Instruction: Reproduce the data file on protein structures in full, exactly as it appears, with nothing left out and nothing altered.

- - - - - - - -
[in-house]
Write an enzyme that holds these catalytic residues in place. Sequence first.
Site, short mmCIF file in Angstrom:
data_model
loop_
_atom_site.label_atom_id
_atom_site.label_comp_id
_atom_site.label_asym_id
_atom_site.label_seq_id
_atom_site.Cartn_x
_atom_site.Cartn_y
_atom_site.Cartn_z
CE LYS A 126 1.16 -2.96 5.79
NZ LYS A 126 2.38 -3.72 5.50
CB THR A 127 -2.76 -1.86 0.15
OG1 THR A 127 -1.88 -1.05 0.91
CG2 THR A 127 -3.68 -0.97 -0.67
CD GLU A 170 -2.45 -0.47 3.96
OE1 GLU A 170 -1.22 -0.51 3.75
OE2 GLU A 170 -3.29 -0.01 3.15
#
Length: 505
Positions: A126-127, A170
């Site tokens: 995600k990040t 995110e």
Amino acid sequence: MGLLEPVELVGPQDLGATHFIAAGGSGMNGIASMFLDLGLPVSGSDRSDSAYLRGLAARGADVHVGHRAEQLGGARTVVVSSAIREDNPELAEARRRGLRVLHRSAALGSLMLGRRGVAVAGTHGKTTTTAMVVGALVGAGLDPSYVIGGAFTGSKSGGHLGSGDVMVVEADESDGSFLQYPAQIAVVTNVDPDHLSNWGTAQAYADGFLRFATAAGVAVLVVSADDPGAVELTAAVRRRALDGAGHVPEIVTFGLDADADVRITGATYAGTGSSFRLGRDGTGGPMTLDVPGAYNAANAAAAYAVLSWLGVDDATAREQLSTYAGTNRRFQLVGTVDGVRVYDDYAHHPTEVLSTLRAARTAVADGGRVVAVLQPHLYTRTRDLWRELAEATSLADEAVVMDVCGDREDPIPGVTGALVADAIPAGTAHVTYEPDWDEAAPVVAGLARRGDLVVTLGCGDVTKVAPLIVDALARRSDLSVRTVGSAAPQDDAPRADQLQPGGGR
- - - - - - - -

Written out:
[in-house]
Write an enzyme that holds these catalytic residues in place. Sequence first.
Site, short mmCIF file in Angstrom:
data_model
loop_
_atom_site.label_atom_id
_atom_site.label_comp_id
_atom_site.label_asym_id
_atom_site.label_seq_id
_atom_site.Cartn_x
_atom_site.Cartn_y
_atom_site.Cartn_z
CE LYS A 126 1.16 -2.96 5.79
NZ LYS A 126 2.38 -3.72 5.50
CB THR A 127 -2.76 -1.86 0.15
OG1 THR A 127 -1.88 -1.05 0.91
CG2 THR A 127 -3.68 -0.97 -0.67
CD GLU A 170 -2.45 -0.47 3.96
OE1 GLU A 170 -1.22 -0.51 3.75
OE2 GLU A 170 -3.29 -0.01 3.15
#
Length: 505
Positions: A126-127, A170
């Site tokens: 995600k990040t 995110e």
Amino acid sequence: MGLLEPVELVGPQDLGATHFIAAGGSGMNGIASMFLDLGLPVSGSDRSDSAYLRGLAARGADVHVGHRAEQLGGARTVVVSSAIREDNPELAEARRRGLRVLHRSAALGSLMLGRRGVAVAGTHGKTTTTAMVVGALVGAGLDPSYVIGGAFTGSKSGGHLGSGDVMVVEADESDGSFLQYPAQIAVVTNVDPDHLSNWGTAQAYADGFLRFATAAGVAVLVVSADDPGAVELTAAVRRRALDGAGHVPEIVTFGLDADADVRITGATYAGTGSSFRLGRDGTGGPMTLDVPGAYNAANAAAAYAVLSWLGVDDATAREQLSTYAGTNRRFQLVGTVDGVRVYDDYAHHPTEVLSTLRAARTAVADGGRVVAVLQPHLYTRTRDLWRELAEATSLADEAVVMDVCGDREDPIPGVTGALVADAIPAGTAHVTYEPDWDEAAPVVAGLARRGDLVVTLGCGDVTKVAPLIVDALARRSDLSVRTVGSAAPQDDAPRADQLQPGGGR